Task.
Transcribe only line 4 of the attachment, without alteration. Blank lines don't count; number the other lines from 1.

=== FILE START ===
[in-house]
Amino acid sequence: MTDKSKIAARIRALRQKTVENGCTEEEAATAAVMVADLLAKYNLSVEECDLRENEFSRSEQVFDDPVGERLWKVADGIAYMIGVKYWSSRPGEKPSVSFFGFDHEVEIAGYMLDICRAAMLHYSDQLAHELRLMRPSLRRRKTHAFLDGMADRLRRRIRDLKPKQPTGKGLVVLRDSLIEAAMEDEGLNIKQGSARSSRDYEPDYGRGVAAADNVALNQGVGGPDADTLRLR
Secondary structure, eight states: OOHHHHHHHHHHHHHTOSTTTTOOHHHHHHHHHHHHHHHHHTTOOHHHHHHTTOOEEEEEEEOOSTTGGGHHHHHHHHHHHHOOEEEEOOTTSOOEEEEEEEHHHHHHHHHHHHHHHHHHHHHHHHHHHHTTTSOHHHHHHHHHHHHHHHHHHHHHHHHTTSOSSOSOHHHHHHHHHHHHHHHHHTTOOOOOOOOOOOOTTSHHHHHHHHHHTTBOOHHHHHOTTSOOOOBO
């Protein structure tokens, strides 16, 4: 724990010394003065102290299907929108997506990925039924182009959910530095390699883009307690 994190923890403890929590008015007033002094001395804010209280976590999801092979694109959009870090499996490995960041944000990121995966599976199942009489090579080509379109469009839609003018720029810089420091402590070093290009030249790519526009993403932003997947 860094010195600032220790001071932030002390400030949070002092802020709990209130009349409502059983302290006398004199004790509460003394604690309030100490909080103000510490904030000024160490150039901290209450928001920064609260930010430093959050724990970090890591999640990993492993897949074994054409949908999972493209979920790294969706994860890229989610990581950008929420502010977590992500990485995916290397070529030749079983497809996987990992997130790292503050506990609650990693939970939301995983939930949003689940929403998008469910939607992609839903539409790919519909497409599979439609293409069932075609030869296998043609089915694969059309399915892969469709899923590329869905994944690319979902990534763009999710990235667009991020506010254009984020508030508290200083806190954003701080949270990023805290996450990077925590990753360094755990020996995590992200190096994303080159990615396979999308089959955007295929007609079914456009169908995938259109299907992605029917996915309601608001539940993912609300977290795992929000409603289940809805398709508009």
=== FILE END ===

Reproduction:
């Protein structure tokens, strides 16, 4: 724990010394003065102290299907929108997506990925039924182009959910530095390699883009307690 994190923890403890929590008015007033002094001395804010209280976590999801092979694109959009870090499996490995960041944000990121995966599976199942009489090579080509379109469009839609003018720029810089420091402590070093290009030249790519526009993403932003997947 860094010195600032220790001071932030002390400030949070002092802020709990209130009349409502059983302290006398004199004790509460003394604690309030100490909080103000510490904030000024160490150039901290209450928001920064609260930010430093959050724990970090890591999640990993492993897949074994054409949908999972493209979920790294969706994860890229989610990581950008929420502010977590992500990485995916290397070529030749079983497809996987990992997130790292503050506990609650990693939970939301995983939930949003689940929403998008469910939607992609839903539409790919519909497409599979439609293409069932075609030869296998043609089915694969059309399915892969469709899923590329869905994944690319979902990534763009999710990235667009991020506010254009984020508030508290200083806190954003701080949270990023805290996450990077925590990753360094755990020996995590992200190096994303080159990615396979999308089959955007295929007609079914456009169908995938259109299907992605029917996915309601608001539940993912609300977290795992929000409603289940809805398709508009």